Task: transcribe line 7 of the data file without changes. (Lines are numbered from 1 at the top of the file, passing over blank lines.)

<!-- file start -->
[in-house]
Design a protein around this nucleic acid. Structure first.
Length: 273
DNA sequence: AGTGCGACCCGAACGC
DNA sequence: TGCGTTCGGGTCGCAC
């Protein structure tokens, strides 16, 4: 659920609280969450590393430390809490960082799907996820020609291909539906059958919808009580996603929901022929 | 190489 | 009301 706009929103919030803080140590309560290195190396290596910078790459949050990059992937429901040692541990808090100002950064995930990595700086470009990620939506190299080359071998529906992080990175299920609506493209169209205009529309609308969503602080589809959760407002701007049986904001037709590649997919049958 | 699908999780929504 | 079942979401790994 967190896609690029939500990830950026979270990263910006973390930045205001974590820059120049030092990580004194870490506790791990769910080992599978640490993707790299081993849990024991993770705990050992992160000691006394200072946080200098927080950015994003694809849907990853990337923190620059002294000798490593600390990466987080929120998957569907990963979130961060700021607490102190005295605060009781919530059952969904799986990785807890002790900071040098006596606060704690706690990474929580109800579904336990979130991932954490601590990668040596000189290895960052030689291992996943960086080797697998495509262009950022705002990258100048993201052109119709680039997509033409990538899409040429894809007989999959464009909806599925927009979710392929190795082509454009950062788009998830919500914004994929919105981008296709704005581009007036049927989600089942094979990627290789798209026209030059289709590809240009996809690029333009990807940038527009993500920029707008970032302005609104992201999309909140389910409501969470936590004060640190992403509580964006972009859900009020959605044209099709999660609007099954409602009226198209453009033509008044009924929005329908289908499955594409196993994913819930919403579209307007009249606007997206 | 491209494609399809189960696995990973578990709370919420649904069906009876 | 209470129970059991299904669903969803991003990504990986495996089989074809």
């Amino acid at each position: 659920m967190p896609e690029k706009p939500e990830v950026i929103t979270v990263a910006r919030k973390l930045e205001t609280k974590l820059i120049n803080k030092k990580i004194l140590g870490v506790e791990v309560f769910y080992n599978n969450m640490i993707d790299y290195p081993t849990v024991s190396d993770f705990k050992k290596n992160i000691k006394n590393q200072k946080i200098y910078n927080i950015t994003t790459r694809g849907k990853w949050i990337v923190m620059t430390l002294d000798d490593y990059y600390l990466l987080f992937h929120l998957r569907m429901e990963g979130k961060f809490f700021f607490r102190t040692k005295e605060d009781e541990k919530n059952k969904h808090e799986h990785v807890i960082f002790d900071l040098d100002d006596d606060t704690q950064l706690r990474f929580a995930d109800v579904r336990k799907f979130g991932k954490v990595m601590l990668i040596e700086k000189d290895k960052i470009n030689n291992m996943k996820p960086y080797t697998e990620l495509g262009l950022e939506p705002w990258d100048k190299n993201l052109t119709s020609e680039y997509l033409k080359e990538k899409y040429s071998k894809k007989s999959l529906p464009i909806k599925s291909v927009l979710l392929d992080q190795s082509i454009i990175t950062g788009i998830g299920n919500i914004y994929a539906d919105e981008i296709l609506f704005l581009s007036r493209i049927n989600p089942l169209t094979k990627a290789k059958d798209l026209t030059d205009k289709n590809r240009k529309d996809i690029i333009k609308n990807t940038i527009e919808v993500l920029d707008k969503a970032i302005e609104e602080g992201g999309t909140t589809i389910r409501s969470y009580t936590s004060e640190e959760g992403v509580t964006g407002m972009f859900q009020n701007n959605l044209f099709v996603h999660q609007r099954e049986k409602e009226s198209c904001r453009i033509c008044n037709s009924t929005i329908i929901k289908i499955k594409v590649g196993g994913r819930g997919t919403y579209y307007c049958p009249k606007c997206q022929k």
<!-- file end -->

């Amino acid at each position: 659920m967190p896609e690029k706009p939500e990830v950026i929103t979270v990263a910006r919030k973390l930045e205001t609280k974590l820059i120049n803080k030092k990580i004194l140590g870490v506790e791990v309560f769910y080992n599978n969450m640490i993707d790299y290195p081993t849990v024991s190396d993770f705990k050992k290596n992160i000691k006394n590393q200072k946080i200098y910078n927080i950015t994003t790459r694809g849907k990853w949050i990337v923190m620059t430390l002294d000798d490593y990059y600390l990466l987080f992937h929120l998957r569907m429901e990963g979130k961060f809490f700021f607490r102190t040692k005295e605060d009781e541990k919530n059952k969904h808090e799986h990785v807890i960082f002790d900071l040098d100002d006596d606060t704690q950064l706690r990474f929580a995930d109800v579904r336990k799907f979130g991932k954490v990595m601590l990668i040596e700086k000189d290895k960052i470009n030689n291992m996943k996820p960086y080797t697998e990620l495509g262009l950022e939506p705002w990258d100048k190299n993201l052109t119709s020609e680039y997509l033409k080359e990538k899409y040429s071998k894809k007989s999959l529906p464009i909806k599925s291909v927009l979710l392929d992080q190795s082509i454009i990175t950062g788009i998830g299920n919500i914004y994929a539906d919105e981008i296709l609506f704005l581009s007036r493209i049927n989600p089942l169209t094979k990627a290789k059958d798209l026209t030059d205009k289709n590809r240009k529309d996809i690029i333009k609308n990807t940038i527009e919808v993500l920029d707008k969503a970032i302005e609104e602080g992201g999309t909140t589809i389910r409501s969470y009580t936590s004060e640190e959760g992403v509580t964006g407002m972009f859900q009020n701007n959605l044209f099709v996603h999660q609007r099954e049986k409602e009226s198209c904001r453009i033509c008044n037709s009924t929005i329908i929901k289908i499955k594409v590649g196993g994913r819930g997919t919403y579209y307007c049958p009249k606007c997206q022929k």